RuneQuest: Korantia and Mythic Britain

RuneQuest: Korantia and Mythic Britain

Shores of Korantia-smallIn 2013 I wandered over to Monster Island, one of the first journeys I’d ever made to a RuneQuest destination. I found it excellent. And recently, after I returned from GenCon2015, I  travelled once more into RuneQuest realms and learned that excellence is a standard practice in their products.

Shores of Korantia is a setting book for a bronze-age land rich in intrigue and adventure. It covers the regions of the empire in detail that’s thorough but not dry — not so much an encyclopedia entry, but a travel guide with adventure hooks, so that every page you turn sets your mind ablaze with ideas to spin adventures from. Like Monster Island before it, one doesn’t have to be at all familiar with RuneQuest in order to utilize the setting, or even a gamer to enjoy reading it. If you like reading about imaginary worlds, any of the RuneQuest Design Mechanism books I’ve read are a great time.

Korantia is a tottering empire propped up by a noble young ruler that you just can’t help but find yourself rooting for, which is pretty typical of what writer Jonathan Drake manages throughout the book — the people detailed are engaging, their situations interesting. In short, it’s chock full of the potential for story. There are fascinating places to go, engaging people to meet, and mysteries to unravel.

[Click on any of the images in this article for bigger versions.]

Mythic-Britain-smallIn addition to the compelling setting, Shores of Korantia has three adventures — a mini-campaign, actually, with the potential for even more, for one of the scenarios is presented in a sandbox style setting. The book’s rounded out with some expanded rules for naval combat, encounter tables, character creation and other cool and necessary tidbits.

Like Shores of Korantia, Mythic Britain is a gorgeous book, with outstanding production values. I’m not an old enough hand at RuneQuest to know if this is standard or not, but well organized layout, logical flow, and great exterior and interior art is standard in every RuneQuest product I’ve seen from Design Mechanism.

Mythic Britain describes the England of the Arthurian era, when the Romans have but recently departed and different regions of the island fight both to rule it and to repel invaders. I’m by no means an Arthurian expert, but I’ve read my fair share of Arthurian settings. The typical problem with them is that the famous characters are so fascinating that it’s easy to lose sight that there needs to be room for player characters to adventure and make a difference.

Writer Lawrence Whitaker understands that, and has carefully crafted a series of interlinked scenarios that gives characters the opportunity to interact with heroes from myth and legend, to affect the course of history, and to participate in grand events. In this setting Arthur is just a young leader, England fragmented, Guenevere unmarried, the round table not even a dream. Honestly, I’ve thought about running an Arthurian campaign in the past but I’ve never understood how I could go about it successfully before.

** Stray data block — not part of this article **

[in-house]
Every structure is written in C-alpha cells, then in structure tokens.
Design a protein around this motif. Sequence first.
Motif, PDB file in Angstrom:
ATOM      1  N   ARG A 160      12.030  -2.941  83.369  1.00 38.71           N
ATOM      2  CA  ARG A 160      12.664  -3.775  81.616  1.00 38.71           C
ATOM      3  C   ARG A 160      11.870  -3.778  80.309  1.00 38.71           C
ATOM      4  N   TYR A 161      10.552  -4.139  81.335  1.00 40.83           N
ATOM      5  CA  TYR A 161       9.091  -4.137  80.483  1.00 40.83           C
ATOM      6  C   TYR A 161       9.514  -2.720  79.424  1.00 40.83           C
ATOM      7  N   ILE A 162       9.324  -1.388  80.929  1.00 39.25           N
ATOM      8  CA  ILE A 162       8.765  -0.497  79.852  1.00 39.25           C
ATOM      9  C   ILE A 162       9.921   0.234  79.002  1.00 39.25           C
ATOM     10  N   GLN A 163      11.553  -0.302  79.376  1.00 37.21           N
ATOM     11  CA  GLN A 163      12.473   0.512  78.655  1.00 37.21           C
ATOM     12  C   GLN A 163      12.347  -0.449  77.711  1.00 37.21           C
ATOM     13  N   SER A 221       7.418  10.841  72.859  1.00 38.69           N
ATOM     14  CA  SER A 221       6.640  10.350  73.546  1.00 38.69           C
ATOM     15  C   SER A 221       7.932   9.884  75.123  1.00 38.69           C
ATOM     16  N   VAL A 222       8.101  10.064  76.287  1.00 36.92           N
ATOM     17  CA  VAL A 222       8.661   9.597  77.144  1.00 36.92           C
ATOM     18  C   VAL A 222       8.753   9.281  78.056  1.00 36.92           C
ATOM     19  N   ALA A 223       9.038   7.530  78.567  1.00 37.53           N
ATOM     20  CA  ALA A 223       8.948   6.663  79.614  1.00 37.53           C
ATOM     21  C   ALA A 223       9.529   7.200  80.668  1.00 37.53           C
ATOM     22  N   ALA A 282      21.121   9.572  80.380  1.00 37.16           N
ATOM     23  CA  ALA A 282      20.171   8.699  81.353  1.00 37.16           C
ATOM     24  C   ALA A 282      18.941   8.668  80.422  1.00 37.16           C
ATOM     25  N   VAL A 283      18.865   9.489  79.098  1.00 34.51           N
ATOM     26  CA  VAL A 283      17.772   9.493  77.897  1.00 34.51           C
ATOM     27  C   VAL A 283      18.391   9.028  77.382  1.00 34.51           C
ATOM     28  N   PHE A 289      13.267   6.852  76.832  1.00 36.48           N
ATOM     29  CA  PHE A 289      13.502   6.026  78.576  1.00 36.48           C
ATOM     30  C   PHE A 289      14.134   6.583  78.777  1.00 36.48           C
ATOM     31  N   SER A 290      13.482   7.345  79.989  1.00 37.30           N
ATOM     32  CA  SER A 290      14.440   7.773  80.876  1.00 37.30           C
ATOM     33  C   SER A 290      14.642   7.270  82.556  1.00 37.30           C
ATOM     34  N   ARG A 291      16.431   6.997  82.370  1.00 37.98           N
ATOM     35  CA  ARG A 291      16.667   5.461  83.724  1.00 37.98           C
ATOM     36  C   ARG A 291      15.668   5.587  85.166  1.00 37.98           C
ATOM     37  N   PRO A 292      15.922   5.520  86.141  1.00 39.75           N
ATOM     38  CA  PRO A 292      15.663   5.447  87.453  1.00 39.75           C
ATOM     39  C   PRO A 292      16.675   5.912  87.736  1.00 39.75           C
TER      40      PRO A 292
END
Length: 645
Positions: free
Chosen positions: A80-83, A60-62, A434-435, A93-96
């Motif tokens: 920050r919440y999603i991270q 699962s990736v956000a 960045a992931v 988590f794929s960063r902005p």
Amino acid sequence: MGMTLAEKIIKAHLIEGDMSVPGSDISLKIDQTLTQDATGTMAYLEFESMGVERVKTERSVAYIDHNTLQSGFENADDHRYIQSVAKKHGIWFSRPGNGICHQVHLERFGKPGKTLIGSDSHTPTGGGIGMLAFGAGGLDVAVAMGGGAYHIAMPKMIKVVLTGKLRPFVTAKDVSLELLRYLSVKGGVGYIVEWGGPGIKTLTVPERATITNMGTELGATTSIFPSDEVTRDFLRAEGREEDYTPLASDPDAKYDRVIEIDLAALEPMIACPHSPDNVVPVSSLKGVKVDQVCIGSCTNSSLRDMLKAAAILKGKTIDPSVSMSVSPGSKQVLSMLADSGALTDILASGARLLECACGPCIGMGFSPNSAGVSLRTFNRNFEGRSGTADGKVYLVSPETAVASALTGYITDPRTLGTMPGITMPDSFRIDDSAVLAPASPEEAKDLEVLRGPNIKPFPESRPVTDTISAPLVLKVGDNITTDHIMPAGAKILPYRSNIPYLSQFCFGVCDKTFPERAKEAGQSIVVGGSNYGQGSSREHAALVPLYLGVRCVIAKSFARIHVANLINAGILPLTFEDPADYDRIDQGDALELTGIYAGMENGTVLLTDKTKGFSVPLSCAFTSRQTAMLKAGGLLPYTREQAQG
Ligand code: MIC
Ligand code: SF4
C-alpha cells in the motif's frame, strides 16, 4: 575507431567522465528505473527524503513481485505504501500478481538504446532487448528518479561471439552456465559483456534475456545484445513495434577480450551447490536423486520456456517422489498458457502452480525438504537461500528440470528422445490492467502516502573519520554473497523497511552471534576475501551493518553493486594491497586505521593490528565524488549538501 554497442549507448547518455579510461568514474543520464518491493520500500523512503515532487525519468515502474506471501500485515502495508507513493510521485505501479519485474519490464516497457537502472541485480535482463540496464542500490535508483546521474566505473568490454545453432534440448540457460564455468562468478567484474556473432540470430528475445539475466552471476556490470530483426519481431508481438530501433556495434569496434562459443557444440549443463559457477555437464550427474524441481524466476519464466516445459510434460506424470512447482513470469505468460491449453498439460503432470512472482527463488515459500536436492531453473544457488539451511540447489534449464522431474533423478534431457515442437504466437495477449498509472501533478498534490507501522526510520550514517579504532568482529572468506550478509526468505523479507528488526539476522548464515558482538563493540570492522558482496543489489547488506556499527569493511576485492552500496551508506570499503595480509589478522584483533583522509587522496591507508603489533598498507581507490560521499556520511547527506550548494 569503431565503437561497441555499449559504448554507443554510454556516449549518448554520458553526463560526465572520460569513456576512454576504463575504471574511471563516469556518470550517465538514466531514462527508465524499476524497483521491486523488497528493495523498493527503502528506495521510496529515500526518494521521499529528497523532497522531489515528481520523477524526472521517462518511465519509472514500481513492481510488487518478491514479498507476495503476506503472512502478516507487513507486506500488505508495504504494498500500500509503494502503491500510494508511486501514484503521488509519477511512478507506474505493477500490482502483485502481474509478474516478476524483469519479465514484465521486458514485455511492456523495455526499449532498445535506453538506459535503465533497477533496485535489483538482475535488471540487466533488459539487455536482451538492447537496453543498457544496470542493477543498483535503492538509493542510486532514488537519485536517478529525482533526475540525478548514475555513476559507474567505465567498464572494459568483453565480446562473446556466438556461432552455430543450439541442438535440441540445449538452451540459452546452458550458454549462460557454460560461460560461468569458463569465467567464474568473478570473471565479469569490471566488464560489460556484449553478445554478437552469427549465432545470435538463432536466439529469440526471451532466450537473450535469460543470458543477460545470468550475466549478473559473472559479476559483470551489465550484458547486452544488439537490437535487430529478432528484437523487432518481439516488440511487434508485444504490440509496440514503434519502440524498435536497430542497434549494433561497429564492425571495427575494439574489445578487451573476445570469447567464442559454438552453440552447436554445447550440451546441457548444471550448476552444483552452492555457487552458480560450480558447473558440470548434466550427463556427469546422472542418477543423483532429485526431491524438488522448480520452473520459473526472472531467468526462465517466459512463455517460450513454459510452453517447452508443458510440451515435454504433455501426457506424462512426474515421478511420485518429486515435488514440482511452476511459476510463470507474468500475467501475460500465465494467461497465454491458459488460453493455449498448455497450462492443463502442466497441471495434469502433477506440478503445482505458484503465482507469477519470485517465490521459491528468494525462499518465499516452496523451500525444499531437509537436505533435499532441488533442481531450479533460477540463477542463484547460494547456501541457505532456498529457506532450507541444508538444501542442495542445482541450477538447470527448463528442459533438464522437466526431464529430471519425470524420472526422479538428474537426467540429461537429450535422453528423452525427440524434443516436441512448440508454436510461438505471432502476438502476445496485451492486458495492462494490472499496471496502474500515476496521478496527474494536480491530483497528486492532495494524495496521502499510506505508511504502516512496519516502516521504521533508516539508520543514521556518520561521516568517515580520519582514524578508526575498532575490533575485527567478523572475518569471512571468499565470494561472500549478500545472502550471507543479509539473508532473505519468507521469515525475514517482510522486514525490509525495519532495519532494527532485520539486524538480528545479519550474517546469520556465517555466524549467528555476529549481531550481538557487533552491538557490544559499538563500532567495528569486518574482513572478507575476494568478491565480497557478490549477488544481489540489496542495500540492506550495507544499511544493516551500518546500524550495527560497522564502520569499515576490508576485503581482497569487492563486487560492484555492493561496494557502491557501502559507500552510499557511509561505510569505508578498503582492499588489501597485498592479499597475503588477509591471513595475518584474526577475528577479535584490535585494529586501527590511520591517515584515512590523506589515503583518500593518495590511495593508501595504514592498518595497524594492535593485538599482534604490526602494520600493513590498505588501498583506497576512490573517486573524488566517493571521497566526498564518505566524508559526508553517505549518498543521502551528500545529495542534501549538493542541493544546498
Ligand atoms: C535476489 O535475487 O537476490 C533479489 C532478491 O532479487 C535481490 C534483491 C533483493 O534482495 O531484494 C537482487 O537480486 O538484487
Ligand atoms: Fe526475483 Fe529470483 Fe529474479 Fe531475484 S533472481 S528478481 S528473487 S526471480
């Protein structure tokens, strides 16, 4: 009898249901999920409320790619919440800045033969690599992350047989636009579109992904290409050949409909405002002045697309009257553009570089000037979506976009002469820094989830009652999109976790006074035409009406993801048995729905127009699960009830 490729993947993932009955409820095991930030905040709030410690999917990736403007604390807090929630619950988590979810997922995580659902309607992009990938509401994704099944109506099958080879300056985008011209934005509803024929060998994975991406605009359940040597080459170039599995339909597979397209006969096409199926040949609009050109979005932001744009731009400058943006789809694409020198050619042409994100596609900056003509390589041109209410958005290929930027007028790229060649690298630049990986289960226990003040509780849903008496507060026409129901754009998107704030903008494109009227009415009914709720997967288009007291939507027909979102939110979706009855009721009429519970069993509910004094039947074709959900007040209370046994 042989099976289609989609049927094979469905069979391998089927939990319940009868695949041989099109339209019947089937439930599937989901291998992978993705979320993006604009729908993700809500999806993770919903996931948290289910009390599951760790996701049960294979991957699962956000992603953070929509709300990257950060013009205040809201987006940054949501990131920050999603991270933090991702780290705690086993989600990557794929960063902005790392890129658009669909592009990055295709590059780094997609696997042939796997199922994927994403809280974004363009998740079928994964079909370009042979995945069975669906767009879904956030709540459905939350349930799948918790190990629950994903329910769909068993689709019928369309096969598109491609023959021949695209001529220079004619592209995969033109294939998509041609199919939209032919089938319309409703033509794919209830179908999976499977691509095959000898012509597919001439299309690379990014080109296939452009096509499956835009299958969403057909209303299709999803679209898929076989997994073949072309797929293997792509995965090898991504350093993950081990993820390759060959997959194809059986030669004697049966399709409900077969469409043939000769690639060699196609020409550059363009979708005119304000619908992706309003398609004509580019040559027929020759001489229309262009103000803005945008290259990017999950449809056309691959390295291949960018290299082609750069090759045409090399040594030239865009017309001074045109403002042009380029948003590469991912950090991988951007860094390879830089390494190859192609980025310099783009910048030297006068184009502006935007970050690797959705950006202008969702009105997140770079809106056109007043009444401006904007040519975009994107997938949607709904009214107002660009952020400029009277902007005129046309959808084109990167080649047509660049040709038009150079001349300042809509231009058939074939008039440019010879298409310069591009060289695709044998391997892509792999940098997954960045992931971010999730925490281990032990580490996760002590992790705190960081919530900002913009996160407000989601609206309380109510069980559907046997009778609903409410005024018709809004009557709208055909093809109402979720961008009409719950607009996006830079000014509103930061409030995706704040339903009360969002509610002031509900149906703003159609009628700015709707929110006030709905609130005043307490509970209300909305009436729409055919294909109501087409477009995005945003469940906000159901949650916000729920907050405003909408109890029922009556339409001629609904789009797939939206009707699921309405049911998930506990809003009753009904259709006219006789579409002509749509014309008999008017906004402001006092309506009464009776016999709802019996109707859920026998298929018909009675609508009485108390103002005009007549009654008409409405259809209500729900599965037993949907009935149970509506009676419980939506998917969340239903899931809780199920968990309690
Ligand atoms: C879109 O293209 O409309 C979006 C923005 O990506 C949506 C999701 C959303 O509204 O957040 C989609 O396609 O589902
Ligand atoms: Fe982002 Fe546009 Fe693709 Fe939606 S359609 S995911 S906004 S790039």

Britain 495 AD-smallThose who want to run adventures in ye olde lands can find setting information laying it all out in thorough detail that’s never dull — something that, like the high quality art, must be a standard feature of Design Mechanism products, because I’ve found the same true in Monster Island, Shores of Korantia, and Mythic Britain.

History buff that I am, until I read Mythic Britain I’d still never had a good understanding of how 5th and 6th century England was divided. Whitaker either did a great deal of research or did a little research and brilliantly faked a lot. Either way, it’s just a blast to read.

This being a game book, it’s naturally loaded with character creation rules and other tidbits, like how magic and religion differ in this setting, mass combat rules, and the like.

Shores of Korantia is 233 pages and Mythic Britain comes in at 366 pages. Both products are available as both stunning hardbacks and PDFs, which are easy to find at sites like RPGNow. If you’re curious about hardbacks, though, they can be ordered through Paizo or Amazon.

Howard Andrew Jones’ most recent article for Black Gate was Starvation Cheap & Primeval Thule.

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Adrian Simmons

Ah, Runequest. I played some in the late 80s and early 90s. It was so… British. The whole bronze-age thing was kind of lost on us. Ironic, considering how much energy I’ve spent researching and writing bronze-age fantasy stories. I also remember that it was very easy to be utterly incompetent with whatever weapons you we retrying to use (not as bad as Star Frontiers, but still).

I hung up the spurs on gaming long ago, but sometimes it is tempting to delve back in. So very tempting! Especially if I my character can have a stone ax carved with faux casting-seams so that it looks like a bronze ax.

Pete Nash

Can we perhaps tempt you again, with a free to download demo version of the latest version of RQ? Pop over to and grab a copy of Essentials for a bit of nostalgic fun!

Its strange to hear you say RuneQuest in the eighties felt so British, written as it was by a group of Americans – Steve Perrin, Ray Turney, Warren James, Steve Henderson and of course Greg Stafford who added the setting of pseudo-bronze age world of Glorantha to the rules.

Adrian Simmons

Pete Nash- begone, vile tempter!

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